We did see an amazing mosaic in a church in Parma: the incredible international mix of people of the congregation where I conducted my seminar. Gruppo Cristiano Latino Americano was started by people from the Dominican Republic. The majority of the people there are Latinos from the Caribbean and South America, but the services are in Italian. The young man leading worship Sunday morning was from Brazil (Portuguese being his first language).
The seminar in Parma went really well. It was attended by about 20 people, who seemed to appreciate what I had to share. Pizza was provided for lunch on the Saturday. Everyone had their own box.
After speaking at the service on Sunday, we went to the pastor’s home for dinner. In Italy one needs to remember that the pasta is not the main course.
On the left is the pastor of Gruppo Cristiano Latino Americano, Aldo Cerasino with his daughter, Rebekah and his wife, Mariela. Next to me is Francesco Abortivi, the director of Progetto Archippo, the organization that sponsored the seminar. He was also my translator. Next to him is his daughter, Francesca and his wife, Alessia.
Read more of my reflections about this unique community here: http://alangilman.wordpress.com/2013/09/30/blessings-to-the-nations/
Squeezed between our times in Parma and Ljubljana, Robin and I had a 44-hour getaway in Venice. It was a short, but much needed, time to ourselves.
Venice is different from anything on earth we have ever experienced. From the canals, to its antiquity, to the number of visitors from all over the world, it was a wonderfully stimulating, but significantly refreshing time.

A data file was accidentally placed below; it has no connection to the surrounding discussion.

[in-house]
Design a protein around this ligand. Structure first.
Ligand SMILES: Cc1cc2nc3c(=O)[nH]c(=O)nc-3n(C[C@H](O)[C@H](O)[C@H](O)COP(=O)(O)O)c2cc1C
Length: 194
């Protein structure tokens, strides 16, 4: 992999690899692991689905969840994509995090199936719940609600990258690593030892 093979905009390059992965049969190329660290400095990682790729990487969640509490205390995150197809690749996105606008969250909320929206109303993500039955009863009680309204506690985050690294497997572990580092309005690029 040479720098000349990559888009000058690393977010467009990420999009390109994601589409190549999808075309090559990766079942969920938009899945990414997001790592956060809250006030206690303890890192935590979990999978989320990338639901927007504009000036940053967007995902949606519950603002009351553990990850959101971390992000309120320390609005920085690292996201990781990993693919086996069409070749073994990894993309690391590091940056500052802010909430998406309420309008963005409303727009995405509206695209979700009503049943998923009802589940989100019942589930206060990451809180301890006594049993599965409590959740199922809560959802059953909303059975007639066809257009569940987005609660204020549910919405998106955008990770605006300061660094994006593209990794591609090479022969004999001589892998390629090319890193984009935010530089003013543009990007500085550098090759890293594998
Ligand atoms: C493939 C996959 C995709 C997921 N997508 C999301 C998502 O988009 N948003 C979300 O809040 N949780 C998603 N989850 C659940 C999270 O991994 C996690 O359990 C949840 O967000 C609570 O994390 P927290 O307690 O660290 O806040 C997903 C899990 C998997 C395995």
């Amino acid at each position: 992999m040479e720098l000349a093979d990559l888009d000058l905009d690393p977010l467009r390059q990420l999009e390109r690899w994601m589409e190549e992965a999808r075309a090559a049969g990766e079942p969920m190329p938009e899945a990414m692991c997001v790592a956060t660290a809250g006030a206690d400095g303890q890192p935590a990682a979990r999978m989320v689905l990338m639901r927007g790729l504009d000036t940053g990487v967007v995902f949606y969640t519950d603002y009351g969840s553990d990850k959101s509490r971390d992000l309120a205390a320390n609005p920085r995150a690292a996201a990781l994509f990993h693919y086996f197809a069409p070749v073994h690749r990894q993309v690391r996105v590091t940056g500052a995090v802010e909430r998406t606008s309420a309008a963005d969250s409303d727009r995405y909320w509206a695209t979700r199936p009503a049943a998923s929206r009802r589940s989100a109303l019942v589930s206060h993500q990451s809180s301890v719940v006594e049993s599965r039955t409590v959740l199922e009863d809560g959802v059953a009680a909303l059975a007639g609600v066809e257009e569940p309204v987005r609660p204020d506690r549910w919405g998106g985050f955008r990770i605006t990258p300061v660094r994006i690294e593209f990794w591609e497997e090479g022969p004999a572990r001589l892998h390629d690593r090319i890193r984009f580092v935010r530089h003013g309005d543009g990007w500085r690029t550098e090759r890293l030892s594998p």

Here is Robin on the famous Rialto Bridge (which we forgot to take a picture of). On the right you can see a Vaporetto (Water Bus), the main public transit system in Venice. Next to it is a Gondola.
As recounted in the blog, the most significant thing that happened was in the Jewish ghetto and our encountering the group of students from the American School in London. We will never forget the blessing of hearing their teacher speak words of honor about our people in a place of such shame. Read more here: http://alangilman.wordpress.com/2013/10/04/venice/
If you are interested in learning about the Venice Ghetto, a good resource is the Virtual Jewish History Tour of Venice: http://www.jewishvirtuallibrary.org/jsource/vjw/Venice.html
When the suggestion to go to Ljubljana, Slovenia, first came up, I had to look this country up, since I had never heard of it before. Most people haven’t. Robin was a bit embarrassed when in the introductions to one of my talks there I mentioned this, but it turns out to be something Slovenes are very aware of. Our blog provides a pretty thorough overview of our time there (http://alangilman.wordpress.com/2013/10/08/slovenia/), but here I would like to share more about some of the people themselves.
Our host, Chris Scobie, the pastor of the Ljubljana Pentecostal Church, and his wife, Sabina, were very intentional in setting up times for us to spend with specific people. What a blessing that was! The first evening we were there, Pia, a young lady from the church, had made a gluten-free pie for me (everyone everywhere was so gracious regarding my dietary issues). We thought we were just going to her place to pick up the pie, but instead we were invited into to her third floor walkup (good exercise!) for tea. There it was again: Robin’s wish getting granted)! What a privilege to be invited to a stranger’s (now friend’s) home to get to know each other.
The next day we went with a young couple, Rok (don’t forget to roll the “R”) and Polona, to the town of Bled, one of the most popular destinations in the country. We spent most of the time with me walking with Rok and Robin walking with Polona sharing our lives together.
At one point Rok and I came upon some craftspeople who were selling their wares outdoors. I greeted a lady selling wool products with the Slovene “Dopper dan” (good day). When she responded in Slovene and I told her I just spoke English, she exclaimed with a big smile, “You said ‘Dopper dan’ and you only speak English!” It doesn’t take much to make someone’s day sometimes.